Holding the Geiger counter in his hands, Mr. Leis went in and out of the house. Since the nuclear accident occurred, he has prevented his children from playing in the sandbox in the yard. There, the measured doses were two microsieverts per hour at 50 centimeters above the ground, and three microsieverts at one centimeter above the ground. He peppered me with questions about how to interpret these radiation levels.

The Japanese government has said that the use of elementary school playgrounds are permitted if the level of radiation is less than 20 millisieverts per year, or 3.8 microsieverts per hour (at 50 centimeters above the ground). The radiation levels at Mr. Leis’s home are lower than this, but there remains a risk of internal exposure if, for example, grains of contaminated sand were swallowed. I sympathized with his determination to ensure that his children were kept safe.

According to measurements conducted by the city of Date, the radiation level at 50 centimeters above the ground at the elementary school attended by Mr. Leis's eldest son, 8, was found to be 4.78 microsieverts and 3.96 microsieverts at that of the kindergarten where his second son, 5, is enrolled. As these readings were higher than the limit set by the national government, the city removed the surface soil to a depth of five centimeters from the schoolyards and other areas in late April. After this work, the radiation levels were reduced to one-eighth the original measurement at the elementary school and to one-sixth at the kindergarten.

There is another reason, though, why Mr. Leis is more anxious than most about the radiation.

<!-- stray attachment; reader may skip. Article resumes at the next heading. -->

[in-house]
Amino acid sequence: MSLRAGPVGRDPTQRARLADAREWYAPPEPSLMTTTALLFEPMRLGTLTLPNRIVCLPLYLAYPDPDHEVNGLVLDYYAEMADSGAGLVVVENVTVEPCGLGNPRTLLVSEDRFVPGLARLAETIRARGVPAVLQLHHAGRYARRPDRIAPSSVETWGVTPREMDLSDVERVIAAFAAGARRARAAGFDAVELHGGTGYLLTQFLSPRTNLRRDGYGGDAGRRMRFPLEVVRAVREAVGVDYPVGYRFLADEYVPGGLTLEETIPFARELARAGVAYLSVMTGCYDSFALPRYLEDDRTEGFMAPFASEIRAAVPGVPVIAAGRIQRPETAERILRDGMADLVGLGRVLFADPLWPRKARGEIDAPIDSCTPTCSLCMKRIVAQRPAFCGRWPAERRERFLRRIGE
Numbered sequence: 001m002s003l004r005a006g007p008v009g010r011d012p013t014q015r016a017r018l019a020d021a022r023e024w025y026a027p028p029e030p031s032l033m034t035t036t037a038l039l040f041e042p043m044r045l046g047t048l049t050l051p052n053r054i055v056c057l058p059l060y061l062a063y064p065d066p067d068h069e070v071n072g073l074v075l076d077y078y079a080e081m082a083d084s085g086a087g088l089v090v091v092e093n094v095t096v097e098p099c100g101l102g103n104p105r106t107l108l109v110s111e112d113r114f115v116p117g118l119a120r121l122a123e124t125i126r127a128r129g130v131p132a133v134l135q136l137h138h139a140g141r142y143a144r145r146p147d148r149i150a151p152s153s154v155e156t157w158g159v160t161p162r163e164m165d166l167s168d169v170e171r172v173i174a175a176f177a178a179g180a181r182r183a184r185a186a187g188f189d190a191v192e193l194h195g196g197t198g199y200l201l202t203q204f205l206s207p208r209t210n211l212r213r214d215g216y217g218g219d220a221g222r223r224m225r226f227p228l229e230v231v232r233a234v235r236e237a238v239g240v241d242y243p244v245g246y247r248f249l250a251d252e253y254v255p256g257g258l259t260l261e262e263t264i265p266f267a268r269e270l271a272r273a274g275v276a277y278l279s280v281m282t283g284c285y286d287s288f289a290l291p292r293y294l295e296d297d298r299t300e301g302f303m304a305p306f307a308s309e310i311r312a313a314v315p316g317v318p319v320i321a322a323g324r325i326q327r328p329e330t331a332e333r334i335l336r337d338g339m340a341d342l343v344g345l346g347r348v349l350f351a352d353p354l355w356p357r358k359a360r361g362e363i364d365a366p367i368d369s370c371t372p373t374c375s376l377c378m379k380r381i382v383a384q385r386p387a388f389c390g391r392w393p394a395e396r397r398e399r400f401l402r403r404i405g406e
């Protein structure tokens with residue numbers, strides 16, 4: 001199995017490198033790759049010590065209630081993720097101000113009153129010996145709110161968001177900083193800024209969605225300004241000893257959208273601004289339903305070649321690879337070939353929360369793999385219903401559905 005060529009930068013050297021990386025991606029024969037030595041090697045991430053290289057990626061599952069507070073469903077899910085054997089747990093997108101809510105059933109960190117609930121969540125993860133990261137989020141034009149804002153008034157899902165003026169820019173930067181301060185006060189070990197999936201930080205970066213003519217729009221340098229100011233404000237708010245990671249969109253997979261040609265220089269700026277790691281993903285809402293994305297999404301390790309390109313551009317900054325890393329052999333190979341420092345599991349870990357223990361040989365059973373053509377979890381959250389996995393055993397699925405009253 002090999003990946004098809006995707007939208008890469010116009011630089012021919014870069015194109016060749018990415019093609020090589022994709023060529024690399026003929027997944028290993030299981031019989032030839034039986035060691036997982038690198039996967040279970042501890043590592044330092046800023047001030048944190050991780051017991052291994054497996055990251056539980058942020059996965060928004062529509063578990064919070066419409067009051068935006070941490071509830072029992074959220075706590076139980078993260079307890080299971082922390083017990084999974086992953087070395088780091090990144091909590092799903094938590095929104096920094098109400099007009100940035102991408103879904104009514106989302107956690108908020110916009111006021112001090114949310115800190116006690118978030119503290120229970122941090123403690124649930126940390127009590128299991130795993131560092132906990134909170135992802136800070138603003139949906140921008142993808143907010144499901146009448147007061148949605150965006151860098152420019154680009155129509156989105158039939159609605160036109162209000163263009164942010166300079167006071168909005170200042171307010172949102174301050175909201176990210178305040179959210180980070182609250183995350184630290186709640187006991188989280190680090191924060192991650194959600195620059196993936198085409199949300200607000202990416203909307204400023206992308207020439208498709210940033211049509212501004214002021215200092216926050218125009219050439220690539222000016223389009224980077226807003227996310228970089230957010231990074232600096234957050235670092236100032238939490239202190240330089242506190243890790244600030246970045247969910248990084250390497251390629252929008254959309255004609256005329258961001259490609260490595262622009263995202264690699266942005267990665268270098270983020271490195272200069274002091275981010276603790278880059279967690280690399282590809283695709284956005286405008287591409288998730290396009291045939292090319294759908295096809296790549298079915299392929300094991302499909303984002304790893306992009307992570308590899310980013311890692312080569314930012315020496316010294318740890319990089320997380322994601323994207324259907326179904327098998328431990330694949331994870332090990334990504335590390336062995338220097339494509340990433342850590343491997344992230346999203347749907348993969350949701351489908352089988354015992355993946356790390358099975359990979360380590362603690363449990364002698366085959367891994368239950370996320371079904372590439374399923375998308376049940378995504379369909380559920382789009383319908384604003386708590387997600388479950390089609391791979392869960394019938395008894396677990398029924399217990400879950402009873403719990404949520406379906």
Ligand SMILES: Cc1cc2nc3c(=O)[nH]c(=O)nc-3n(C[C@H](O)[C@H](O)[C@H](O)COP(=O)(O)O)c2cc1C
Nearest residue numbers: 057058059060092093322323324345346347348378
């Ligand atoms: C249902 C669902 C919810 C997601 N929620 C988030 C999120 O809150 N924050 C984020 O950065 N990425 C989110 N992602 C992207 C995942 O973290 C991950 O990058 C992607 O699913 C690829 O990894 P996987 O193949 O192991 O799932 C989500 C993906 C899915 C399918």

His grandmother’s younger brother entered Hiroshima as an Australian soldier in the aftermath of the atomic bombing. After returning to Australia, he died of cancer in 1967 at the age of 42. Mr. Leis has not heard the details involving his death, but he recalls his grandmother's expression as she told of her suspicions that her brother's fate was linked to the effects of radiation from the atomic bomb.

When the accident occurred at the nuclear power plant, Mr. Leis was visiting Australia. As he watched television news reports on the crisis, he became deeply concerned. He was hearing such erroneous statements as “Japan and half of Asia will be contaminated with radiation.”

Mr. Leis stressed that the Japanese government and the Tokyo Electric Power Company should immediately release accurate information. The father of three was measuring the radiation level in his children's sandbox with a Geiger counter as his one-year-old daughter watched from inside a closed window. How much is the radiation dose? How much impact does it have on human health? Like any devoted father, he felt frustrated and angry.

Interview with Masaharu Hoshi, professor at the Research Institute for Radiation Biology and Medicine